Like many emerging technologies, drones are packed with promise but their capabilities can readily be harnessed by folks with mal-intent. This reality has played out at London's Gatwick airport today where drones have been sighted hovering over the airfield, disrupting hundreds of flights and leaving thousands of travelers stuck in limbo. So what options do the authorities have in trying to neutralize these threats?

There are many places you are allowed to fly drones, but the airport is most certainly not one of them. Collisions with aircraft, where a drone loaded with flammable lithium batteries could enter the engine and potentially take a plane down, would obviously be disastrous. For that reason we are seeing plenty of avenues being explored to prevent these dangerous encounters.

For example, the US government has previously trialed a technology called the Anti-UAV Defense System at some airports, which continuously scans the area for drones with an electronic radar. If a threat is detected, it fires a 4-watt directional beam at it to jam its radio signals and bring it to the ground.

This is a similar technology used by startup Droneshield, which now offers a range of handheld "DroneGuns" that fire these disruptive kinds of beams from the shoulder. These tools were actually adopted by the authorities in Australia earlier this year when policing the Commonwealth Games in the northern state of Queensland. There are mixed reports as to whether or not they were of any use.

A couple of years ago, the largest maker of drones in the world, Chinese outfit DJI, actually started building geofencing software into its aircraft that will stop them venturing into restricted airspace. This move followed another firmware update that specifically stopped its drones flying over the White House, after a drone crashed on its lawn. The US Federal Aviation Administration also launched a database requiring hobbyists to register their drones, though this was later abandoned.

Some of the more imaginative solutions to drone safety include nets fired from shoulder-mounted cannons and even from other drones themselves. This solution, which emerged from Michigan Tech, can be flown toward the threat until it is within striking distance, capture the rival drone in the net and then return it safely to ground.

And some are even bringing natural flying machines in to tackle the problem. Both the French military and the Dutch National Police have equipped eagles to snatch drones out of mid-air. These skillful birds are trained to see the drones as prey, just as they would in the wild, and carry them to a safe place. These capabilities have even been shown off in some dramatic demonstrations.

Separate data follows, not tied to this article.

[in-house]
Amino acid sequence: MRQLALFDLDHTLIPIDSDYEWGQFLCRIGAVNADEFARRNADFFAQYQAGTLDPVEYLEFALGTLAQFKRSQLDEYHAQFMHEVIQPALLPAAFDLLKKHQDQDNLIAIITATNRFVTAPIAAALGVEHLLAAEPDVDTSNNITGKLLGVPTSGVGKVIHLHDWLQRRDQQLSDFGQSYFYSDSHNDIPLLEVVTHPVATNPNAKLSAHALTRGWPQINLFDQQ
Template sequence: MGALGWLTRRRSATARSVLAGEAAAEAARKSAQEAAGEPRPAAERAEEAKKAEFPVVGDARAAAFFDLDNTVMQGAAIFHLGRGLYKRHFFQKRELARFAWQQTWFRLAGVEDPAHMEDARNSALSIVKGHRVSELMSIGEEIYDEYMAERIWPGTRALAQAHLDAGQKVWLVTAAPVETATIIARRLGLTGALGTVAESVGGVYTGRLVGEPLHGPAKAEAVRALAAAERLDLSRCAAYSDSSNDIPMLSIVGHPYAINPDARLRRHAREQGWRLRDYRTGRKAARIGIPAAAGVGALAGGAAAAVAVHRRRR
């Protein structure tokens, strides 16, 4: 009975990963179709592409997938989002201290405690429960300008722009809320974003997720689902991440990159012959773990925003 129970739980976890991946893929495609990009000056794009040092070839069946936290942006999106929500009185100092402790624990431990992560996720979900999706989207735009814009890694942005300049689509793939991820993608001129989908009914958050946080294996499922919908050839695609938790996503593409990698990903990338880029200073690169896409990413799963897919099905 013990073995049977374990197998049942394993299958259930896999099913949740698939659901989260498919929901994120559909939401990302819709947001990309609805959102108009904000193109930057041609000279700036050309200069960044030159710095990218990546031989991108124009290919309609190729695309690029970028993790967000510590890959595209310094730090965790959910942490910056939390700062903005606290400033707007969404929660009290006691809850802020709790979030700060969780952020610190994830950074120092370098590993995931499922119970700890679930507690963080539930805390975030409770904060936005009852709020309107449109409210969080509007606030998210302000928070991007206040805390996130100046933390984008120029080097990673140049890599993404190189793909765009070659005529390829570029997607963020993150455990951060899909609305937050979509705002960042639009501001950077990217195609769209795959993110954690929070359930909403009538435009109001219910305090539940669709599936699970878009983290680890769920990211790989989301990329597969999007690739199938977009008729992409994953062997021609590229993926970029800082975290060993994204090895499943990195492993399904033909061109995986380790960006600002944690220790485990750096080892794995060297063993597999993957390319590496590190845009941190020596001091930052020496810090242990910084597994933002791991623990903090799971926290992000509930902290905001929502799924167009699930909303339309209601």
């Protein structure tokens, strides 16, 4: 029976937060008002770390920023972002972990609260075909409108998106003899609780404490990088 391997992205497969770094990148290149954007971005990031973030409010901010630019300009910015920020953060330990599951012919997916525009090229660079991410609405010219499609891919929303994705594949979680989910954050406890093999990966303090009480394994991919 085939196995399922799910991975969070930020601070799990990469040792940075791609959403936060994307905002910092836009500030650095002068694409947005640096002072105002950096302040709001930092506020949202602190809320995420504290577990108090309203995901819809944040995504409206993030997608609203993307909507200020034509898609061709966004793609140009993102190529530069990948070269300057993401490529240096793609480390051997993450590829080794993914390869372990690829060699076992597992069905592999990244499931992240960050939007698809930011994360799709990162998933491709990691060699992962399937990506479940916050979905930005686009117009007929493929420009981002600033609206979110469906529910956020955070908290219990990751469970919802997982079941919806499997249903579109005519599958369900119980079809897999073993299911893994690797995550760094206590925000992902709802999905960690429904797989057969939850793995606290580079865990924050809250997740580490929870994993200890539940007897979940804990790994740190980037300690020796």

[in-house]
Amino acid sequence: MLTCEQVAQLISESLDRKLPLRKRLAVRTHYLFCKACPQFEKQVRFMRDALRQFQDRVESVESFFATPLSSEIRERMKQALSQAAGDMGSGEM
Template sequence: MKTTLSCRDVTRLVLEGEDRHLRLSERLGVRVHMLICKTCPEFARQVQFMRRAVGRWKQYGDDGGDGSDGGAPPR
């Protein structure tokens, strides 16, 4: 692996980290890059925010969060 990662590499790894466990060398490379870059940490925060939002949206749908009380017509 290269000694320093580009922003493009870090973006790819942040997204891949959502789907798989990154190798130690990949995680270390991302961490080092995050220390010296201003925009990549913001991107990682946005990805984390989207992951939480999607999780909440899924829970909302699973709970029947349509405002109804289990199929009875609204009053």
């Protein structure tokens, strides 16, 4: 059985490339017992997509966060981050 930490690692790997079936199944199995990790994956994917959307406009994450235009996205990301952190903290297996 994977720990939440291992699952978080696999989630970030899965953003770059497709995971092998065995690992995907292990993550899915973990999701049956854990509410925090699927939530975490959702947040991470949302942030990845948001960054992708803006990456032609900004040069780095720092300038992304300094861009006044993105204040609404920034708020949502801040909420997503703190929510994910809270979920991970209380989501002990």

Despite the many possibilities, none of these methods have been established as a catch-all solution to trespassing drones, at least not to the point where the incident at Gatwick could be easily prevented. The runways have been closed since Wednesday night local time, with drones repeatedly appearing over the airfield in what authorities are calling a deliberate attempt to disrupt flights.

This has affected tens of thousands of travelers according to The Guardian, with 760 flights carrying 110,000 passengers left grounded on Thursday. A prominent warning remained in place on the airport's website, stating the runway remains unavailable because of the continued drone sightings. Meanwhile, the military has been deployed to try and find a solution.

An incident of this magnitude is likely to spur new conversations around how to deal with prickly issue of unmanned drones and commercial aircraft. At worst, this is a potentially catastrophic situation, and at very best it is a monumental inconvenience. More than three million passengers traveled through Gatwick's gates in November, and one in six of its passengers travel on long-haul flights. The ripple effects of this incident is therefore likely to create huge headaches for airports the world over.

"We hope the authorities find the operators of these drones and the full applicable legal action is taken to deter future incidents of this kind," the International Air Transport Association said in a statement. "Additionally, we look forward to accelerating the cooperation between the industry, drone manufacturers and governments to reduce the risks of rogue drone operations. Such measures could include greater education and awareness for drone operators, a registry of drones above a certain level of capability, enhanced fines and prison sentences for offenders, and technological solutions to prevent drones entering restricted airspace."

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